Admittedly, Microsoft has shifted the emphasis behind Silverlight to be less a clone of Flash and more an extension to the Web of Windows Presentation Foundation. But the “new features” O’Neil described on Tuesday were very much old technologies for Flash, and pretty much obsolete tech given HTML5.

Specifically, Silverlight 4 supports Web cams and microphones; TCP/UDP; printing; and a multiple-trust-level model that includes access to the file system, cross-domain requests and COM integration. Additionally, the XAML one writes to render Silverlight, while still different from WPF XAML, is a lot more like WPF.

Silverlight is, therefore, weaker than Flash and stronger than it at the same time. But it seems mostly moot, given that Flash itself is falling out of favor in response to the HTML5 specification’s API support for audio, video and other complex objects. Admittedly, there are things one can do in Silverlight — namely, presenting stored data and integrating existing COM components, such as text-to-speech or an interface to a proprietary business object / program — that one cannot do directly in HTML5.

That seems to me more likely to matter when making a corporate intranet or the like. I didn’t see much hope for Silverlight when it was introduced in 2007, and I still don’t see a future for it.

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Shortening URLs With The bit.ly API Via ASP.NET

After yesterday’s post on using the Twitter API to post status updates on Twitter from an ASP.NET application, a follower of my client suggested using a URL shortening service to link to the articles headlines being posted as tweets.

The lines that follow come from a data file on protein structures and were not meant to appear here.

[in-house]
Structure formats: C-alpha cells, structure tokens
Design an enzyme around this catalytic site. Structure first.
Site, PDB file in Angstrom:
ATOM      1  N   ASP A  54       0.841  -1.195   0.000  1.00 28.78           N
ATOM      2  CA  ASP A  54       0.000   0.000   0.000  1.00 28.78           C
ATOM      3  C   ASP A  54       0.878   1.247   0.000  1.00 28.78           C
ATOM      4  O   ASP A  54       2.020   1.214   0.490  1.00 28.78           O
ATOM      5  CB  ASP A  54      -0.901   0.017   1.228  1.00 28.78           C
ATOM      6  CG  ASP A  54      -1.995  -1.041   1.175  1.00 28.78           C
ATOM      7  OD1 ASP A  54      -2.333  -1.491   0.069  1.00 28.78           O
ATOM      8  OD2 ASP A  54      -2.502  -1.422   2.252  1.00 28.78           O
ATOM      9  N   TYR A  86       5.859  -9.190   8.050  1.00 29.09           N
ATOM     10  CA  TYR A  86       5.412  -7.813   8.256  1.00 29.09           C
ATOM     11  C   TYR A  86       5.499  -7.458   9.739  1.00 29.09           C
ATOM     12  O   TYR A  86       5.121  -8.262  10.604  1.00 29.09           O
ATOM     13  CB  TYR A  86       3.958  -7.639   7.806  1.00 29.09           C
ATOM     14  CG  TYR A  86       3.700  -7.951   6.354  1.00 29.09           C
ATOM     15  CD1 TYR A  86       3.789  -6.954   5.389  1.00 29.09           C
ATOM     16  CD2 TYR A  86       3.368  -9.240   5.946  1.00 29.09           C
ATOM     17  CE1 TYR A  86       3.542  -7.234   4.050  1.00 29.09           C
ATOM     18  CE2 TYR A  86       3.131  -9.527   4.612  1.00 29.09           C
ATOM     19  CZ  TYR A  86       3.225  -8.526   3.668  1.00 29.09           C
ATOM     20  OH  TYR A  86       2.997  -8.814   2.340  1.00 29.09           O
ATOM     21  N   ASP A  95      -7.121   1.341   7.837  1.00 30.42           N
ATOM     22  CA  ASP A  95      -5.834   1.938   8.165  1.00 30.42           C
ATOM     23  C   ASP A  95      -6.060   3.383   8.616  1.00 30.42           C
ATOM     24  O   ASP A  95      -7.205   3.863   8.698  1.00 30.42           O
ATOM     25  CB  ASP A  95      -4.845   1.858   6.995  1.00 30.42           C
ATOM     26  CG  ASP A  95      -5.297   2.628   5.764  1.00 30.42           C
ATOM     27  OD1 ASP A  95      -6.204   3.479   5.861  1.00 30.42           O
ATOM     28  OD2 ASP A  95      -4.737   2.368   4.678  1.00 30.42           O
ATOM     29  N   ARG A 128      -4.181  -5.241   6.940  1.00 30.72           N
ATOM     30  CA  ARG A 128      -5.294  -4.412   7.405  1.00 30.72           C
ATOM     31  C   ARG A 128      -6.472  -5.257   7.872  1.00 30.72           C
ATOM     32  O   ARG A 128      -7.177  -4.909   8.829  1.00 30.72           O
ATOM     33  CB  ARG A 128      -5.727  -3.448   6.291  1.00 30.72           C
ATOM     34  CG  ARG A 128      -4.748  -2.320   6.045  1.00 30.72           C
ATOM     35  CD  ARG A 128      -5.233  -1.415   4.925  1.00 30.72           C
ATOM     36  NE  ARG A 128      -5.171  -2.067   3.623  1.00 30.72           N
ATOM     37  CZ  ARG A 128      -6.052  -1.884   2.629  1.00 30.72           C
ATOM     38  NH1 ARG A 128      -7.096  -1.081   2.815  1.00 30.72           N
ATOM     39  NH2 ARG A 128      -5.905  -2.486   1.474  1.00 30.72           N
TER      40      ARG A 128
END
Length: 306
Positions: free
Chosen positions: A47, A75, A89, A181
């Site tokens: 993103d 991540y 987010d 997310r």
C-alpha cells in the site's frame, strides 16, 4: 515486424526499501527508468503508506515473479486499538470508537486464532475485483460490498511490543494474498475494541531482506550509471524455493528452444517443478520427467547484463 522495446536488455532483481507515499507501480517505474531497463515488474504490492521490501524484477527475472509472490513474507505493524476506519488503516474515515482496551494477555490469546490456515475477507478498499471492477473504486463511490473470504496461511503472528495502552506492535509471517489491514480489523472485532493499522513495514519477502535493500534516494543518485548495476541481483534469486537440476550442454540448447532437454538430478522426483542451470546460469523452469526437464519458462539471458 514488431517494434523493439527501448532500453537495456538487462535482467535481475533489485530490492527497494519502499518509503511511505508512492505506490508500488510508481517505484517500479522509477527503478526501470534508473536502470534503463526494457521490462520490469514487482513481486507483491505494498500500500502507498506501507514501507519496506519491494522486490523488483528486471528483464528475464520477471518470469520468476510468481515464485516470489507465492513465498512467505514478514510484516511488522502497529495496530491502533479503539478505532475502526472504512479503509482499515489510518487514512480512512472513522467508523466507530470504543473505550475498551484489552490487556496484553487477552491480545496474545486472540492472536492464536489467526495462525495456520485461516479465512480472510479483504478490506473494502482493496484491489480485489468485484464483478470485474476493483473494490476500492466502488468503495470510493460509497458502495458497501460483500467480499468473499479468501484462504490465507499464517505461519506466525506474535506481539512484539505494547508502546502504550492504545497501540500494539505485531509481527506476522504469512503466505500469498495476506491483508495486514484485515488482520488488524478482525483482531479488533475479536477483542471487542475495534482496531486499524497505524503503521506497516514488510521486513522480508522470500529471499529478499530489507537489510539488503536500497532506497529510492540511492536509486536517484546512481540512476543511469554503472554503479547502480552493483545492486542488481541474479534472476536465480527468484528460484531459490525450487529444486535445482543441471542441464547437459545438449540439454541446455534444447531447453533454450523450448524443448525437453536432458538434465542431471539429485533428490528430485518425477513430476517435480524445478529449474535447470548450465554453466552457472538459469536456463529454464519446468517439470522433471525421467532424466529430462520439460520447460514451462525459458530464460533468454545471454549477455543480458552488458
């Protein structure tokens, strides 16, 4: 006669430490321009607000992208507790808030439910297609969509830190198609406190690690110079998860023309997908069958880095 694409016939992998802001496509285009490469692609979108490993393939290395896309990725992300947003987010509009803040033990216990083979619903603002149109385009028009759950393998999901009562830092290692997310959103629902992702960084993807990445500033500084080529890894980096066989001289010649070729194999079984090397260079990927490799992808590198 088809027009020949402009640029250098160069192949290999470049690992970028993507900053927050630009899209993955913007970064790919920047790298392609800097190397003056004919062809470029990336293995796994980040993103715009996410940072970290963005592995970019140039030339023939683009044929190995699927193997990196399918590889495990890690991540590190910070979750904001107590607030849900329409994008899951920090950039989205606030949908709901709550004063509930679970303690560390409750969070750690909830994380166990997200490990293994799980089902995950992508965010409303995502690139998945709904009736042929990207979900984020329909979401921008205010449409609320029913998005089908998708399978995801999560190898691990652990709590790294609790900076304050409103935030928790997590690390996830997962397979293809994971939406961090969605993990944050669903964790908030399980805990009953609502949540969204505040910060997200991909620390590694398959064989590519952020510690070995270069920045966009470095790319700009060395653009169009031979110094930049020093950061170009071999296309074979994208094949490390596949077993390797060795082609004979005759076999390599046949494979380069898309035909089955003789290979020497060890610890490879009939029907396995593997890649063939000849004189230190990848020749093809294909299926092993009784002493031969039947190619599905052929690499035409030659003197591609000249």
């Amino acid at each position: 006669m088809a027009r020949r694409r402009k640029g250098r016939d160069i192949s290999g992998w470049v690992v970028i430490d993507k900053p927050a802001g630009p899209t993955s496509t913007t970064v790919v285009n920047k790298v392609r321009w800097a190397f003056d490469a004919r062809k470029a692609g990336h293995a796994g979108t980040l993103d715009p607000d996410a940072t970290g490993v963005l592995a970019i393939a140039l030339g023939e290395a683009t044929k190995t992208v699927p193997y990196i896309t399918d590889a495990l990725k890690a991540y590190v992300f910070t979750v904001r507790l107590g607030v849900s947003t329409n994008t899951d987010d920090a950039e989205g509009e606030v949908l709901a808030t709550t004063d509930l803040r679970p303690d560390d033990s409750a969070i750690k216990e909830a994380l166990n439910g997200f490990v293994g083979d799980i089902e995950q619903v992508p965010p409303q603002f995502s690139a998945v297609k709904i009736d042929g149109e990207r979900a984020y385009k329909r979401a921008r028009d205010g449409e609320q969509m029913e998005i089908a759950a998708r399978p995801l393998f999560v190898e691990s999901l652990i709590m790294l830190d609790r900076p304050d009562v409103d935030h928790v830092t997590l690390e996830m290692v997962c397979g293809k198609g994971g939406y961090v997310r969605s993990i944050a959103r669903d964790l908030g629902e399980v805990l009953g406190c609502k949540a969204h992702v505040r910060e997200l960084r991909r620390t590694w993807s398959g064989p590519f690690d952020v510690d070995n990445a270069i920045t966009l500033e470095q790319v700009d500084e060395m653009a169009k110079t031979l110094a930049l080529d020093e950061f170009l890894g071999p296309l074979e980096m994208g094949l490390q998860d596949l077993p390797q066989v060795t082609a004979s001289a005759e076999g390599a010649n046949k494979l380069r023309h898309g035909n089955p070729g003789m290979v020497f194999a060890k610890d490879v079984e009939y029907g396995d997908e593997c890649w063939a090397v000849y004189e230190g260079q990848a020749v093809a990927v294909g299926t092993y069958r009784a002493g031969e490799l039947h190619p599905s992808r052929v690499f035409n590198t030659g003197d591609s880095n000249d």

That was an excellent idea of which I should have thought in the first place. And thanks to the extreme simplicity of the REST-like bit.ly API, shortening URLs is as simple as sending a request URL laced with querystring variables.

So here is a quick and simple ASP.NET subroutine, written in VB.NET, to shorten URLs with the bit.ly API:

Sub BitlyIt(ByVal strUser As String, ByVal strAPIKey As String, ByVal strLongUrl As String)
	'This subroutine requires your page to have a label control named lblStatus

	'build URL to shorten method resource
	Dim strUri As New StringBuilder("http://api.bit.ly/shorten?")
	'we want to get an XML response back from bit.ly, not the default JSON

	'create request for shorten resource
	Dim objRequest As HttpWebRequest = WebRequest.Create(strUri.ToString())
	'since we are passing querystring variables, our method is get
	objRequest.Method = "GET"
	'act as though we are sending a form
	objRequest.ContentType = "application/x-www-form-urlencoded"
	'don't wait for a 100 Continue HTTP response from bit.ly
	objRequest.ServicePoint.Expect100Continue = False
	'since we are using get, we need not send a request body; set content-length to 0
	objRequest.ContentLength = 0

	'we need to capture the XML being sent in response
	'read the response into a new XML document
	Dim objResponse As WebResponse = objRequest.GetResponse()
	Dim objXML As New XmlDocument()

	'the response will have three node values we're primarily interested in
	'the errorCode node will contain a numeric error code; 0 means success
	Dim nErrorCode As XmlNode = objXML.SelectSingleNode("//errorCode")
	'if there was an error, the errorMessage node will contain a user-friendly message useful for debugging
	Dim nErrorMsg As XmlNode = objXML.SelectSingleNode("//errorMessage")
	'if all went well, shortUrl will contain the full short URL created for our link
	Dim nShortUrl As XmlNode = objXML.SelectSingleNode("//shortUrl")

	'if we didn't get an errorCode value of 0, there was a problem; report the user-friendly message
	'on success, report the short URL for our resource
	If nErrorCode.InnerText <> "0" Then
		lblStatus.Text = "Error returned. Code: " & nErrorCode.InnerText & "; Message: " & nErrorMsg.InnerText
		lblStatus.Text = nShortUrl.InnerText
	End If
End Sub